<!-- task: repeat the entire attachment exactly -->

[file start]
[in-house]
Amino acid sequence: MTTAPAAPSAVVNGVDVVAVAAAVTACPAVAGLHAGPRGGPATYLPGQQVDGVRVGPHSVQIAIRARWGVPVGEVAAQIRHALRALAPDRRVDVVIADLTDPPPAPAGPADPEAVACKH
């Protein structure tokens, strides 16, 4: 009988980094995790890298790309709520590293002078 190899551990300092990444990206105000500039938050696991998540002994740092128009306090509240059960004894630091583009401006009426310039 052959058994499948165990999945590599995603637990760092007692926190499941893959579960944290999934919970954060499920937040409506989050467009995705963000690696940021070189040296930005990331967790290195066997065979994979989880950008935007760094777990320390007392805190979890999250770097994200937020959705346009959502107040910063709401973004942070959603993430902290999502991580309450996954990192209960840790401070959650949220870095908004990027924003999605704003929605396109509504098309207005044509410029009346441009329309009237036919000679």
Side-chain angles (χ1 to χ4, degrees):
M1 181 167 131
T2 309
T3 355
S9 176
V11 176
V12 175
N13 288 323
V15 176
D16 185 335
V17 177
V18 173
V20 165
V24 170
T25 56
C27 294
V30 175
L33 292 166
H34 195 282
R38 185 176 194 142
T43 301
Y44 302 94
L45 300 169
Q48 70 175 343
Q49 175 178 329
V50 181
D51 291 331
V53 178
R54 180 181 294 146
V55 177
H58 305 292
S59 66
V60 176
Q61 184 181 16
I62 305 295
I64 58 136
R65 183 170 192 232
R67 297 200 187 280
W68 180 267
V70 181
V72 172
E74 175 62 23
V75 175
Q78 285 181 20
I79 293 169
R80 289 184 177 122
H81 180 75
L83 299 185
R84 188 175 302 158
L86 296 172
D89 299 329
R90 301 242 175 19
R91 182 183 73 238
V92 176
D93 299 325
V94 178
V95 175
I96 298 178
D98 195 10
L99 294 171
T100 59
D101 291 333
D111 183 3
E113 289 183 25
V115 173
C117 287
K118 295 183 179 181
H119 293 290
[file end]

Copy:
[in-house]
Amino acid sequence: MTTAPAAPSAVVNGVDVVAVAAAVTACPAVAGLHAGPRGGPATYLPGQQVDGVRVGPHSVQIAIRARWGVPVGEVAAQIRHALRALAPDRRVDVVIADLTDPPPAPAGPADPEAVACKH
């Protein structure tokens, strides 16, 4: 009988980094995790890298790309709520590293002078 190899551990300092990444990206105000500039938050696991998540002994740092128009306090509240059960004894630091583009401006009426310039 052959058994499948165990999945590599995603637990760092007692926190499941893959579960944290999934919970954060499920937040409506989050467009995705963000690696940021070189040296930005990331967790290195066997065979994979989880950008935007760094777990320390007392805190979890999250770097994200937020959705346009959502107040910063709401973004942070959603993430902290999502991580309450996954990192209960840790401070959650949220870095908004990027924003999605704003929605396109509504098309207005044509410029009346441009329309009237036919000679």
Side-chain angles (χ1 to χ4, degrees):
M1 181 167 131
T2 309
T3 355
S9 176
V11 176
V12 175
N13 288 323
V15 176
D16 185 335
V17 177
V18 173
V20 165
V24 170
T25 56
C27 294
V30 175
L33 292 166
H34 195 282
R38 185 176 194 142
T43 301
Y44 302 94
L45 300 169
Q48 70 175 343
Q49 175 178 329
V50 181
D51 291 331
V53 178
R54 180 181 294 146
V55 177
H58 305 292
S59 66
V60 176
Q61 184 181 16
I62 305 295
I64 58 136
R65 183 170 192 232
R67 297 200 187 280
W68 180 267
V70 181
V72 172
E74 175 62 23
V75 175
Q78 285 181 20
I79 293 169
R80 289 184 177 122
H81 180 75
L83 299 185
R84 188 175 302 158
L86 296 172
D89 299 329
R90 301 242 175 19
R91 182 183 73 238
V92 176
D93 299 325
V94 178
V95 175
I96 298 178
D98 195 10
L99 294 171
T100 59
D101 291 333
D111 183 3
E113 289 183 25
V115 173
C117 287
K118 295 183 179 181
H119 293 290